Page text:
In 1797, five thousand Methodists under the reforming principles of Alexander Killam and William Thom, two Wesleyan ministers, decided to form a “New Connexion” of Methodist people. There were certain elements in the Methodism of the time which did not find favour with a number of earnest church members, and therefore, under the leadership of the young Rev Alexander Killam, then stationed at Newcastle upon Tyne, a meeting was finally held at Leeds where the decision to break away was made. And thus the Methodist New Connexion was born.
The little congregation at Newcastle had no chapel in which to worship or to practice their principles and so met in private homes and buildings, led by Rev Stephen Eversfield, one of the first ministers of the New Connexion. It is believed that this congregation had its roots in an earlier secession. Previous to entering the MNC ministry, John Grundell had been invited to undertake the pastoral oversight of a chapel at Byker Bar which had been built by a Newcastle gentleman in 1792 for the purpose of permitting the administration of the Sacrament by Methodist preachers. In Wesleyan Methodism of that time, members were compelled to recieve the Sacrament only in the Established churches, and this was one of the contributing factors of the great secession five years later. As soon as the New Connexion was formed, Grundell became one of its ministers and leaders. He resigned his charge at Byker and it is quite possible that the Byker reformers formed the nucleus of the Newcastle New Connexion. Rev John Grundell became MNC President of Conference in 1799.
The Manor Chare chapel was opened in March 1799 under the ministry of Rev E Oakes. There are no surviving chapel records except for the Baptism register, deposited at the National Archives, but we can glean a little insight into the chapel from the writings of Rev Andrew Lynn who at that time was a boot-maker’s apprentice and whose mother was converted at Carville (in later years she lived at Windy Nook). Writing in 1858 about a Monday evening double lecture in 1816, Andrew Lynn records that the chapel was crowded but the speakers, full of wisdom, could easily be heard. The people were shy and in the prayer meeting afterwards, no one got up to pray.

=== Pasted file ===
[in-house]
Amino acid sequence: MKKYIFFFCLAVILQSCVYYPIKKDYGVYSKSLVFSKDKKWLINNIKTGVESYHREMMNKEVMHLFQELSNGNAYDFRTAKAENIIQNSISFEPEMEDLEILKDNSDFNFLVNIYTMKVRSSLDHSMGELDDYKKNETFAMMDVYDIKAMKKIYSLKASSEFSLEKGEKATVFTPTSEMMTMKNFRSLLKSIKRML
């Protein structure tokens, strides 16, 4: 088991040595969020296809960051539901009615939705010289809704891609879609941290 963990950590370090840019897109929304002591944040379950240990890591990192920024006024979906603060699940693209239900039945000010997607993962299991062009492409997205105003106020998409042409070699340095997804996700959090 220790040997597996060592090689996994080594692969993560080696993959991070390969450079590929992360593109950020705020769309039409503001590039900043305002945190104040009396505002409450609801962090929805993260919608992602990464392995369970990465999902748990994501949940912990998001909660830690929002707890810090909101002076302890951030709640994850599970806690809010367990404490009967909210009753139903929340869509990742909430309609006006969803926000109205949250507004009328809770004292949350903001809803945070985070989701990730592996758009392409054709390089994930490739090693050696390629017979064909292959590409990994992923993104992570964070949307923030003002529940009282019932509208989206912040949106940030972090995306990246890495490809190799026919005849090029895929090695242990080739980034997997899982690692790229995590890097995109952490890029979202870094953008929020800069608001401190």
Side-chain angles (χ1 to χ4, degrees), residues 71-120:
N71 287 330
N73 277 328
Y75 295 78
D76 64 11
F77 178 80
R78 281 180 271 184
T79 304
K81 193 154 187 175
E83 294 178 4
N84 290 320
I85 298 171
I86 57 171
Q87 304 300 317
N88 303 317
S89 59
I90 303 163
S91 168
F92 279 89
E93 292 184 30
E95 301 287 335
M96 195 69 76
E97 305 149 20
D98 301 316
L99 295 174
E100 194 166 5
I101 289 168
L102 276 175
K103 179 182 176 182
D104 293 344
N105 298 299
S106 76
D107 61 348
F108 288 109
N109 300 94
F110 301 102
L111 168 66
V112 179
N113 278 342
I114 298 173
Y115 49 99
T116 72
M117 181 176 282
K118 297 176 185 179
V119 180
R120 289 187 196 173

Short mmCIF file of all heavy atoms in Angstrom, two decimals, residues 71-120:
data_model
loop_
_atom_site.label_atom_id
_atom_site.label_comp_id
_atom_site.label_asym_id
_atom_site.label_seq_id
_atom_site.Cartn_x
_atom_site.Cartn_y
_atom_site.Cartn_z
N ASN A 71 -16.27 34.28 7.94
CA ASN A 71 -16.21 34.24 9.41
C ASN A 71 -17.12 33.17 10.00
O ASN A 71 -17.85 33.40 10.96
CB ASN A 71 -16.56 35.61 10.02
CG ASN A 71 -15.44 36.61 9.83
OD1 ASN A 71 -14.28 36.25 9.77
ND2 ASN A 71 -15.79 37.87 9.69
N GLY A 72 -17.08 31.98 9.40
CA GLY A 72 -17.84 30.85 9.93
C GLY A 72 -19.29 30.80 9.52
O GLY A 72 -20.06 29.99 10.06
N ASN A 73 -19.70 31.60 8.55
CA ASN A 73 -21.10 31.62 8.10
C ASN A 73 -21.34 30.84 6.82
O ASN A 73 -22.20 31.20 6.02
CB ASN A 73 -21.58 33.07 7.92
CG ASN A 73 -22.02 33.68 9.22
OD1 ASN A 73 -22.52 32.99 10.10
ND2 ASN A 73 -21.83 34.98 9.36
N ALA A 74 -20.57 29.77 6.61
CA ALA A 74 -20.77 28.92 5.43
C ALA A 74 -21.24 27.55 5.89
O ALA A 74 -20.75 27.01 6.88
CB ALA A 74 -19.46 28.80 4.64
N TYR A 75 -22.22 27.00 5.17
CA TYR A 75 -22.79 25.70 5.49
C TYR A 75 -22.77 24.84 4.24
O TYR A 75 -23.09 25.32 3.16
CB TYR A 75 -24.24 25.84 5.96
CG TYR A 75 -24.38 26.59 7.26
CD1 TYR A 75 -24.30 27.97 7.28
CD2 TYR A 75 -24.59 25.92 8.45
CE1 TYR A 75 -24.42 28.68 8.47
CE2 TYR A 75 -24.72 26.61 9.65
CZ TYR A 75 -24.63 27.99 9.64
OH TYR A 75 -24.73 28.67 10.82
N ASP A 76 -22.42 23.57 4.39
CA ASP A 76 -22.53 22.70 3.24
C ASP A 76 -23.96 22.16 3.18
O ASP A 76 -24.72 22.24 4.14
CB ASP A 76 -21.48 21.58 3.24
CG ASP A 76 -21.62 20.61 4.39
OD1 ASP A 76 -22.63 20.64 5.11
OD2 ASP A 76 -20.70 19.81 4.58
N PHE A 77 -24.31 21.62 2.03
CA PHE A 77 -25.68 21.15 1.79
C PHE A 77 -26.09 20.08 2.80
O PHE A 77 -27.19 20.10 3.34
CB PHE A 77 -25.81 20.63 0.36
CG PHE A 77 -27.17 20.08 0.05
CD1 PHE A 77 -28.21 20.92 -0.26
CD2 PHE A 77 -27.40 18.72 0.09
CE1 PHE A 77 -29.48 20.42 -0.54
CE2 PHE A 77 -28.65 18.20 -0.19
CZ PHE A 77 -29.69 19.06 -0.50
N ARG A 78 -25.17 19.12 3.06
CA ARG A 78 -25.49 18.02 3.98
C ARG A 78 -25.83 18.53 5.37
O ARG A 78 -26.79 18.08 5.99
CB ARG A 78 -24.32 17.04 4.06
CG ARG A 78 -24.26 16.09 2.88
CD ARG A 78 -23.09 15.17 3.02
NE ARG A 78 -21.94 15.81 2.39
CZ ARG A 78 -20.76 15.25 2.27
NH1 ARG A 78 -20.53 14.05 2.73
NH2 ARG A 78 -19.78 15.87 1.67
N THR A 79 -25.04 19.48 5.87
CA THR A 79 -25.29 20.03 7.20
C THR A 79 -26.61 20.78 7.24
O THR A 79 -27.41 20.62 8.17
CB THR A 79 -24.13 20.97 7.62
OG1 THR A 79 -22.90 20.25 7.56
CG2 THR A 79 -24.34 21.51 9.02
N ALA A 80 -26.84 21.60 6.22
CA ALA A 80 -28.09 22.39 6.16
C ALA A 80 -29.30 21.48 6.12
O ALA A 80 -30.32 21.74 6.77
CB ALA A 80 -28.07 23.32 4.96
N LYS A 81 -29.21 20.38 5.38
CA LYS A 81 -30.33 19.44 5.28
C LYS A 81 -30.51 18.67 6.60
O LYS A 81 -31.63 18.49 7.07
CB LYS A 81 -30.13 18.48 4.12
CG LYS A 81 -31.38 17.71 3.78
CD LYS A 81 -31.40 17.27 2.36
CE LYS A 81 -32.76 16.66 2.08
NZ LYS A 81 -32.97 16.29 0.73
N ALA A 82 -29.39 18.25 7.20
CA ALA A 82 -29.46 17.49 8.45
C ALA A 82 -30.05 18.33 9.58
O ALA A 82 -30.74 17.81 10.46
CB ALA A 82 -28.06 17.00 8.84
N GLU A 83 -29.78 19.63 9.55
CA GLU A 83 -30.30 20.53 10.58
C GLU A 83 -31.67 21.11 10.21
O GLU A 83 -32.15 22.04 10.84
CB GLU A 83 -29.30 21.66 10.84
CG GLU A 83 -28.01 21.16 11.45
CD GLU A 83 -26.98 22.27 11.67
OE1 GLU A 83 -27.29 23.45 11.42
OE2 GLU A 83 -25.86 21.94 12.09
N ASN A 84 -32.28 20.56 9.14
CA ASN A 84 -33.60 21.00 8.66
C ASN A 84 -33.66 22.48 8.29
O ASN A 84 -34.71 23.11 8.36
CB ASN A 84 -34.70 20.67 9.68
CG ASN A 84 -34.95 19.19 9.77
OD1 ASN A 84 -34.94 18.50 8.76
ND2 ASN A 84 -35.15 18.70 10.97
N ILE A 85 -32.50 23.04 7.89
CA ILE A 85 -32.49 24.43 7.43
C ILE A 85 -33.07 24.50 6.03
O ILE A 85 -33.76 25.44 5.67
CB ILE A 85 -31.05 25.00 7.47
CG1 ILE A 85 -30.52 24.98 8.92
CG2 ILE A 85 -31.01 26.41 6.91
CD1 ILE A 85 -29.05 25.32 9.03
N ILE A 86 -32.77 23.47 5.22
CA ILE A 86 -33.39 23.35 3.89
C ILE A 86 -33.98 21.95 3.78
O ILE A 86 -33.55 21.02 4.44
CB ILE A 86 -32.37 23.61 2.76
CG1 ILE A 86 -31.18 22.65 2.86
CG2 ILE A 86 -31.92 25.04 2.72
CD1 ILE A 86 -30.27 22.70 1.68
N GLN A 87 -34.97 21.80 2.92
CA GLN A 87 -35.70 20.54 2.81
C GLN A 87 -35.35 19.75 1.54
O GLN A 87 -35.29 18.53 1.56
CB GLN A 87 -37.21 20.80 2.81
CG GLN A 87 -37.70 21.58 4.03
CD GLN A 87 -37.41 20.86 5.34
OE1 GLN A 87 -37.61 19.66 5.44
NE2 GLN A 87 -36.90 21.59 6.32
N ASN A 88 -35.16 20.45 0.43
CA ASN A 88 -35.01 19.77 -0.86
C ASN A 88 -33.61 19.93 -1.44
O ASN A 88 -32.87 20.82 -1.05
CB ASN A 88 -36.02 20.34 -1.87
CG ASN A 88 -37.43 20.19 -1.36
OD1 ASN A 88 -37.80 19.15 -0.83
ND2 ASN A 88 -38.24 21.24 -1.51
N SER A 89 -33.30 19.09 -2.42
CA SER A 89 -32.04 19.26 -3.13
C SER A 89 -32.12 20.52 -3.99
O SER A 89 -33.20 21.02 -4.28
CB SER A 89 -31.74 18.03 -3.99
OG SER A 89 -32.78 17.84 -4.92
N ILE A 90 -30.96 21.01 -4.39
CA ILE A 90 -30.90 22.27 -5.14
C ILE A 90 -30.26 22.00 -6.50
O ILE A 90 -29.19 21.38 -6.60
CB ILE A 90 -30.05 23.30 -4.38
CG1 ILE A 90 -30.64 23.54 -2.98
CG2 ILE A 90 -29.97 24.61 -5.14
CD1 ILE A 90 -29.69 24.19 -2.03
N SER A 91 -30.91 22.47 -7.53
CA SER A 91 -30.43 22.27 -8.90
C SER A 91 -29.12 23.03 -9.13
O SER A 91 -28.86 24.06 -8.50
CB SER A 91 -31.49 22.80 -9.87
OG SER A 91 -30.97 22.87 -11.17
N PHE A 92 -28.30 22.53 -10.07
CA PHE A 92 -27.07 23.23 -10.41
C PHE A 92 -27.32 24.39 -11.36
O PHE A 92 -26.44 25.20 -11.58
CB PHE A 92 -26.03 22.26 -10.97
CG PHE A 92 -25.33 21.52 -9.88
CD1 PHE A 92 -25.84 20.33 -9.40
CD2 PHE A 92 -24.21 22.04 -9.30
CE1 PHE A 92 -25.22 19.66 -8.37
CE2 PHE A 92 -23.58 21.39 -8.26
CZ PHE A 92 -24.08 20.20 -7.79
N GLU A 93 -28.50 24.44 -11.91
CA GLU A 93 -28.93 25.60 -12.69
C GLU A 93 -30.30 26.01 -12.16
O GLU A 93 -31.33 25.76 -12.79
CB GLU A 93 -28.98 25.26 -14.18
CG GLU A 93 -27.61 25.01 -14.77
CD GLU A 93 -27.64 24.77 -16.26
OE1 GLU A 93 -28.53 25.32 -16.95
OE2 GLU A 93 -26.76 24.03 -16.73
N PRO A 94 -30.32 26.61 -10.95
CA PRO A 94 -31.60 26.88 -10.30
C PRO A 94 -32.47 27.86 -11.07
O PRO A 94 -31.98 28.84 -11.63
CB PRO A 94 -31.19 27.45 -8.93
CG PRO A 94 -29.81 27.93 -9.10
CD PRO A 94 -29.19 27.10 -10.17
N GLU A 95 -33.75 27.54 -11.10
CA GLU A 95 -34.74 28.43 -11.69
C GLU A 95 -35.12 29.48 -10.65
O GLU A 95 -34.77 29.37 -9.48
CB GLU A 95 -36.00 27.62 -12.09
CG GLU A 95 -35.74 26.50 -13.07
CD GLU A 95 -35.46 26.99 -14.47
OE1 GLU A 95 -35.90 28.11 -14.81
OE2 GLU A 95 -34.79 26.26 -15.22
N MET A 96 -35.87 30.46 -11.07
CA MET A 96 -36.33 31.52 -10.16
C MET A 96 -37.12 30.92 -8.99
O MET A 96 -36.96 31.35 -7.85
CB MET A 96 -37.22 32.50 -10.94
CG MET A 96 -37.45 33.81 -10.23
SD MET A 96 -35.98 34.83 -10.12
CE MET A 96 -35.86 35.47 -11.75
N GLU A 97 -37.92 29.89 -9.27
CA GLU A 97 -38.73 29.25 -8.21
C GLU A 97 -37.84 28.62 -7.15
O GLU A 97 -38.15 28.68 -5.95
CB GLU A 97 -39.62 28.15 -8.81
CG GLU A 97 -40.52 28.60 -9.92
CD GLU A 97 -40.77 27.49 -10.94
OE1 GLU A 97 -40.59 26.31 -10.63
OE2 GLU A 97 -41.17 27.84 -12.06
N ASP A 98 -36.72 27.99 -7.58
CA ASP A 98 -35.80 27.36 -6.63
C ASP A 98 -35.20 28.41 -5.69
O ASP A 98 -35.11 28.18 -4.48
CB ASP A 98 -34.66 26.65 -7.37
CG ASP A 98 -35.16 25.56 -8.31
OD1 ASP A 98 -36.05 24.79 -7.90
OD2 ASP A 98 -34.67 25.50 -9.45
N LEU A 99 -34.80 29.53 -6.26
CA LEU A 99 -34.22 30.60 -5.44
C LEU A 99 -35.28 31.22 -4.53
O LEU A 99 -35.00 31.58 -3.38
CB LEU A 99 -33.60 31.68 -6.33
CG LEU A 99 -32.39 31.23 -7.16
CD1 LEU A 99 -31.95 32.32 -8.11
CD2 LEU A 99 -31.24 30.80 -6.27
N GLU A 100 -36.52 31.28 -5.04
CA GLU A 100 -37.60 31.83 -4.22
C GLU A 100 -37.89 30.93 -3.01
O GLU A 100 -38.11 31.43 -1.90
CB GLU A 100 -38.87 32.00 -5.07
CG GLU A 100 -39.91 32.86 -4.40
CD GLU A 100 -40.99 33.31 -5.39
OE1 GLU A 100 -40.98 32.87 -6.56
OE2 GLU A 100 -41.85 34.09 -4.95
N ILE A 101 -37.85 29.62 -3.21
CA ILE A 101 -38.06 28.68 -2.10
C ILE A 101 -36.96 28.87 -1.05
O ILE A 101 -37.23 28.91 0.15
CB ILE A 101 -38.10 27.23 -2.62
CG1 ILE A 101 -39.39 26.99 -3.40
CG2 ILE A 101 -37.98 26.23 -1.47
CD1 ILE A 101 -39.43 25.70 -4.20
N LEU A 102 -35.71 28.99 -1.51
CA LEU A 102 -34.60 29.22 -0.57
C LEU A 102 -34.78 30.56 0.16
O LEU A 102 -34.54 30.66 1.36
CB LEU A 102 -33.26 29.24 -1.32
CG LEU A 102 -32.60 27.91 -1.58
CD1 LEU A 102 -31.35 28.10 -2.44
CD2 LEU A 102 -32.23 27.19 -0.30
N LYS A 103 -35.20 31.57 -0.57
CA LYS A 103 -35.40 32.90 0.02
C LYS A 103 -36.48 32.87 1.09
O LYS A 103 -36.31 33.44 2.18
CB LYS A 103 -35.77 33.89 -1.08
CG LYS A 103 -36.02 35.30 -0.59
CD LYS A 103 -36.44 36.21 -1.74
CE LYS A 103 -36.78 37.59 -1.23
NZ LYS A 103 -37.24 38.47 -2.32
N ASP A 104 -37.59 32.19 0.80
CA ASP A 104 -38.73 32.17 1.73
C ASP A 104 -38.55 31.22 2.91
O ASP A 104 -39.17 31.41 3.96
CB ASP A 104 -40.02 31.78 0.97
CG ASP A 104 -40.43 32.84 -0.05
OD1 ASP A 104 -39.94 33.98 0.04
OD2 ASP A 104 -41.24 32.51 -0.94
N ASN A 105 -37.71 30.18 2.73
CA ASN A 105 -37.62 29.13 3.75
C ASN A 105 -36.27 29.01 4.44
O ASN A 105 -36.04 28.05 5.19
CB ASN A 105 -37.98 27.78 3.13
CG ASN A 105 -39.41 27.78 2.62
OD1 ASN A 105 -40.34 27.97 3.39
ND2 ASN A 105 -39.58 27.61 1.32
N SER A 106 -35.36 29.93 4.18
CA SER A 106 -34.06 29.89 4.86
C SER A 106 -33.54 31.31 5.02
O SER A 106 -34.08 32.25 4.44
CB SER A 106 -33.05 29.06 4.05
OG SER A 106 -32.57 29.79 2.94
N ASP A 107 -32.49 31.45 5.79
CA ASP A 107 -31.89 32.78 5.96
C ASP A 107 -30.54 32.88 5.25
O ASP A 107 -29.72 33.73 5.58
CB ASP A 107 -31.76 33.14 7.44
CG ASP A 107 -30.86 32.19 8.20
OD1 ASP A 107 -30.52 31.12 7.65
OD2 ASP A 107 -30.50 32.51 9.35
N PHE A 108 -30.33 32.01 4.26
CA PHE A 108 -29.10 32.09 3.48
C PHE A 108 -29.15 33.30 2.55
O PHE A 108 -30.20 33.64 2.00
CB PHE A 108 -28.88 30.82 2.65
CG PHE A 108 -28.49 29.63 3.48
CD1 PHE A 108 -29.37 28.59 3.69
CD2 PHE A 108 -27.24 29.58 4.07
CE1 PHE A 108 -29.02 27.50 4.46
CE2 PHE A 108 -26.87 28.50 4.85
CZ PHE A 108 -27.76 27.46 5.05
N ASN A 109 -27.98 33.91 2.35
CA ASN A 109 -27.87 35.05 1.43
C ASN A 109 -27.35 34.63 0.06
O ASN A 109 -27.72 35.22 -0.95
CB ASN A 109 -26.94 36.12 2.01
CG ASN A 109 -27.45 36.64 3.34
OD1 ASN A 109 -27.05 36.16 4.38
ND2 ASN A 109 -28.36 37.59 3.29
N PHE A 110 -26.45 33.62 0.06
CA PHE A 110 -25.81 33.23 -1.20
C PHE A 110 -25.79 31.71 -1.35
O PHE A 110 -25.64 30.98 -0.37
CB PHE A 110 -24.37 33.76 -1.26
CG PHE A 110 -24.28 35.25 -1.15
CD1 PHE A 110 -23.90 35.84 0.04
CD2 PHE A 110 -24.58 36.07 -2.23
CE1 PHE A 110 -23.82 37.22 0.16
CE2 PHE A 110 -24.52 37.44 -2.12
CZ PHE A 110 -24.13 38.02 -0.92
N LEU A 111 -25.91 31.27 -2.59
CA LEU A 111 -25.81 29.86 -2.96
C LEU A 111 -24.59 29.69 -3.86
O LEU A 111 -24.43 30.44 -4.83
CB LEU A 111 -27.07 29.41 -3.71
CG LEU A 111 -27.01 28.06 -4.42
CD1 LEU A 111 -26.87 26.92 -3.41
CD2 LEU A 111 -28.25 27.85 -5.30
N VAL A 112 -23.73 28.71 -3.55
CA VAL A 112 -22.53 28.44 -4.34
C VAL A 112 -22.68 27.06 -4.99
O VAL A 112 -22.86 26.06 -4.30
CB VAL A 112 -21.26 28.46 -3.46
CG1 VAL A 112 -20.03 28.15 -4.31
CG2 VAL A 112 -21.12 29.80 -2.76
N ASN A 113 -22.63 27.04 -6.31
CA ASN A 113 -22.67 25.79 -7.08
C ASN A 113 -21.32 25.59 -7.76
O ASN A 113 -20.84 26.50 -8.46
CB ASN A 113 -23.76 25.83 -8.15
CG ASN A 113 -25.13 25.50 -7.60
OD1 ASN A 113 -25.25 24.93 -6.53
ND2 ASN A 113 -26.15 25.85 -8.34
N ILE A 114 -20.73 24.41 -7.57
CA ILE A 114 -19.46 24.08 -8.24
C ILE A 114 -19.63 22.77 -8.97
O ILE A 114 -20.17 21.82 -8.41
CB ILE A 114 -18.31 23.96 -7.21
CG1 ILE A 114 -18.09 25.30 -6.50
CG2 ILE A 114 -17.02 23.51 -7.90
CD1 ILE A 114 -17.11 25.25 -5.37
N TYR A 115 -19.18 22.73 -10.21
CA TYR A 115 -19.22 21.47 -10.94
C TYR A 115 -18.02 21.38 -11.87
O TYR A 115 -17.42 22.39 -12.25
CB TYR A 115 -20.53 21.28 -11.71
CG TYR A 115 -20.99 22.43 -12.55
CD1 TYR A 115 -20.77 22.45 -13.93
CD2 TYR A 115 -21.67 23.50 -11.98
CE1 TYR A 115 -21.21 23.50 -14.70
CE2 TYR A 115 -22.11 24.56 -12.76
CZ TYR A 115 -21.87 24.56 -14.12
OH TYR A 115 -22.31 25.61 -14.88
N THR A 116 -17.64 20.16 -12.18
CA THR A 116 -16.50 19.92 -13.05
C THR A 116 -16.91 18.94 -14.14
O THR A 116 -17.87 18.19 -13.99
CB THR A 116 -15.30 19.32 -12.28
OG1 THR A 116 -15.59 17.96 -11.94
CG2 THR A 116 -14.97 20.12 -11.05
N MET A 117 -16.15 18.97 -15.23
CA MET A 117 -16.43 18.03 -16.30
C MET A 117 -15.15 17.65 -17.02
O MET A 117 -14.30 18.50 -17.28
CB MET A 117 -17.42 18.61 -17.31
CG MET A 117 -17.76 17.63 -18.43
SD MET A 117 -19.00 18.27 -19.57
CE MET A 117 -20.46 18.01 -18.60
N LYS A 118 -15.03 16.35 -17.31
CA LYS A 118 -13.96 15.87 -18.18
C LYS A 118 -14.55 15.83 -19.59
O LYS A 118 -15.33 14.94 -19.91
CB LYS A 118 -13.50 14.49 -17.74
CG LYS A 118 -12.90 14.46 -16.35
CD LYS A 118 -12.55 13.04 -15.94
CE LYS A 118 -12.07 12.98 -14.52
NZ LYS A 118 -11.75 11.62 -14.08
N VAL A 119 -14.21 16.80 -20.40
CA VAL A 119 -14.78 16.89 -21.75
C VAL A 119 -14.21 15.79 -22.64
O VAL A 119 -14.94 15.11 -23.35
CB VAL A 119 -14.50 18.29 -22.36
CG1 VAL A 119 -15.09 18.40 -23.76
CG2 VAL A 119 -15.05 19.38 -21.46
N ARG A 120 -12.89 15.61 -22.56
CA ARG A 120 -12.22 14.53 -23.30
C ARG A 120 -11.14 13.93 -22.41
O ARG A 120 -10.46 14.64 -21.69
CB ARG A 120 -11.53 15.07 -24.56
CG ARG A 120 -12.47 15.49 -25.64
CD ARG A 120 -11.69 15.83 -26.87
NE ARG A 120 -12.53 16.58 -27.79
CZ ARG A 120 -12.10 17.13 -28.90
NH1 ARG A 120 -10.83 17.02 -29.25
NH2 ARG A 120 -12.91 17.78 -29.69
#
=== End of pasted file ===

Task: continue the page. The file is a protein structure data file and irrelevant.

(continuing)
There is one other slightly earlier reference to the chapel that can be gleaned from the “Tyne Mercury” of 22 August 1815, wherein it is recorded that during the morning service, a monkey managed to get into the chapel causing mayhem. It happened as the congregation were singing. The monkey climbed onto the shoulders of two females in the chorister’s pew. The two ladies trembled and the other choir members got out of tune. The Minister put a stop to the service whilst a number of men tried to entice the animal into a cupboard; the monkey, however, was having none of it and escaped to the gallery where it was finally caught and ejected from the service.
Whilst the congregation were meeting at Manor Chare, the Circuit grew to include Sunderland, Shields, Alnwick and Gateshead. These were formed into separate Circuits just before the congregation moved to their new chapel at Hood Street, in 1836. In 1834, the Newcastle MNC Circuit consisted of Bethel, Westmoor, St Peter’s Quay, Scotswood, Jesmond Vale and William Pit. Denton Burn and a number of other societies were added during the ensuing years. Byker Bar was retained for many years afterwards despite having no membership – perhaps for sentimental reasons. The building later became a mission hall in the hands of others. The Manor Chare chapel eventually became too small for the growing congregation and the Sunday School which commenced in 1811 and various methods were undertaken to raise funds for the new chapel building (see Newcastle upon Tyne: Hood Street Salem MNC)